Have you ever wondered how eco-friendly your cork yoga mat really is? Many yoga practitioners are turning away from cheap mass-produced yoga mats which are harmful to the environment and human health and opting for more environmentally sustainable options like cork – but is it biodegradable and compostable?

Yes, Cork is biodegradable but it can take longer than other plant-based materials because it is naturally impermeable to liquid. This makes it great for yoga mats because it will repel sweat but it also means that it has a slow degradation time which can be sped up with proper composting.

On the bright side, this means that your cork yoga mat will not only be anti-bacterial and sustainable, it will also last you a very long time for hundreds of asanas and yoga classes.

How to Compost Cork the Right Way

Cork is brown compost material, meaning it is dry. Green material is anything that has a high nitrogen content like kitchen scraps, fresh cuttings from your garden, coffee grounds, and animal manure.

cork yoga
Cork Space Yoga Mat

But Not All Cork Yoga Mats are Compostable

Although cork itself is biodegradable and compostable, a cork yoga mat may have added elements that are not environmentally friendly. This may include materials used for its backing, glue, or any ink used to print a design or company logo on the mat.

These are the most common materials used to make yoga mats and used as backing for cork mats:

PVC (Polyvinyl Chloride) vs Cork

This is the absolute worst material that is used for yoga mats and, unfortunately, is the most mass-produced because it is cheap. But because it is vinyl, it is carcinogenic when inhaled.

Also, in its manufacturing process, it releases dioxins which are not only cancer-causing, but also do not break down easily in the environment.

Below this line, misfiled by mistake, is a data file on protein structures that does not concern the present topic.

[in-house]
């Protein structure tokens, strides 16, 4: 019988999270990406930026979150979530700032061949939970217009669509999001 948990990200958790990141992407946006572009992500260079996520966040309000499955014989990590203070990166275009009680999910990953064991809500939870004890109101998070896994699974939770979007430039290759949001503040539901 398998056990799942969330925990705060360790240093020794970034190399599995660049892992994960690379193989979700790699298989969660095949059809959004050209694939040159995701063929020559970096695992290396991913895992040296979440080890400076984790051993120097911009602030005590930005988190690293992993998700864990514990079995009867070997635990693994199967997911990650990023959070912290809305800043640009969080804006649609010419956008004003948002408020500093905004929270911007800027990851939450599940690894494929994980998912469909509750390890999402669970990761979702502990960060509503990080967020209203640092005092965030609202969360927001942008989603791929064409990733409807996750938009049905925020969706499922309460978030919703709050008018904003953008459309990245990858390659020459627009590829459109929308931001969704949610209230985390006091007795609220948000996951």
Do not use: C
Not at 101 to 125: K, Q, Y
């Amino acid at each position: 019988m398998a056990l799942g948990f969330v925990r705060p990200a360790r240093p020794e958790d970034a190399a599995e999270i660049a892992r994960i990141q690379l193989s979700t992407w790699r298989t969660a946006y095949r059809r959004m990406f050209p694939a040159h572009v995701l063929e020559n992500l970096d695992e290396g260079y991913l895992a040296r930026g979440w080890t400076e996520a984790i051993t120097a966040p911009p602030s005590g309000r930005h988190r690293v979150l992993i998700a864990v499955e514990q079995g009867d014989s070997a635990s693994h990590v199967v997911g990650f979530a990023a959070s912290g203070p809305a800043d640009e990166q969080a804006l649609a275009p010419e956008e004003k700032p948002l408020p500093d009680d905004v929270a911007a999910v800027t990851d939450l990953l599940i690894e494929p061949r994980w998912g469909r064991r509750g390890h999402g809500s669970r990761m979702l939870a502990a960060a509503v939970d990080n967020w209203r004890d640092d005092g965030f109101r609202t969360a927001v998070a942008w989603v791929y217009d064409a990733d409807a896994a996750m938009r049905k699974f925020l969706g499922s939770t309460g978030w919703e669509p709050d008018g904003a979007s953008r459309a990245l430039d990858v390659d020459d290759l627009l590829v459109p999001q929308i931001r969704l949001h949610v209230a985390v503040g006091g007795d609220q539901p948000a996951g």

In addition, to make PVC soft and pliable, plasticizers like phthalates are added.

Just stay far, far away from cheap PVC yoga mats for your health and the health of the environment.

Polyurethane vs Cork

Polyurethane is made by mixing methylene diphenyl diisocyanate (MDI) and toluene diisocyanate (TDI) to react with polyols. TDI is very toxic. It is a skin and respiratory irritant and is suspected to be carcinogenic.

Flame retardants are often added to polyurethane because it is highly flammable on its own. These retardants are toxic and may do more harm than good in a fire.

Finally, polyurethane cannot be composted and is not biodegradable.

TPE (Thermoplastic Elastomer) vs Cork

TPE is often considered one of the more eco-friendly yoga mat options even though it is a mixture of rubber and plastic. This is because it’s free of BPA, phthalates, lead, PVC, and other bisphenols.

Yoga mats made of TPE are an alternative to PVC and polyurethane because they are lighter, but TPE is not as sturdy as natural rubber.. TPE is also not biodegradable.

Vulcanized Rubber

Vulcanized rubber is made of natural rubber which has been stripped of sulphur and then treated to high-heat. The process was invented by Charles Goodyear in 1843.

The process of vulcanization is irreversible which makes it unrecyclable but it is biodegradable after a long time – 50 years according to most estimates. Technologies have been developed to help reverse the vulcanization process but you will need to bring it to specialized recycling centres.


Yes we’re biased but cork is a great choice for eco-friendly yoga mats. Even though it takes a long time to biodegrade you can help it to decay by composting it.

Other yoga mat materials may contain additives and chemicals that not only harm the environment but are also toxic to your health. Stick with cork for a biodegradable and compostable eco-friendly yoga mat option.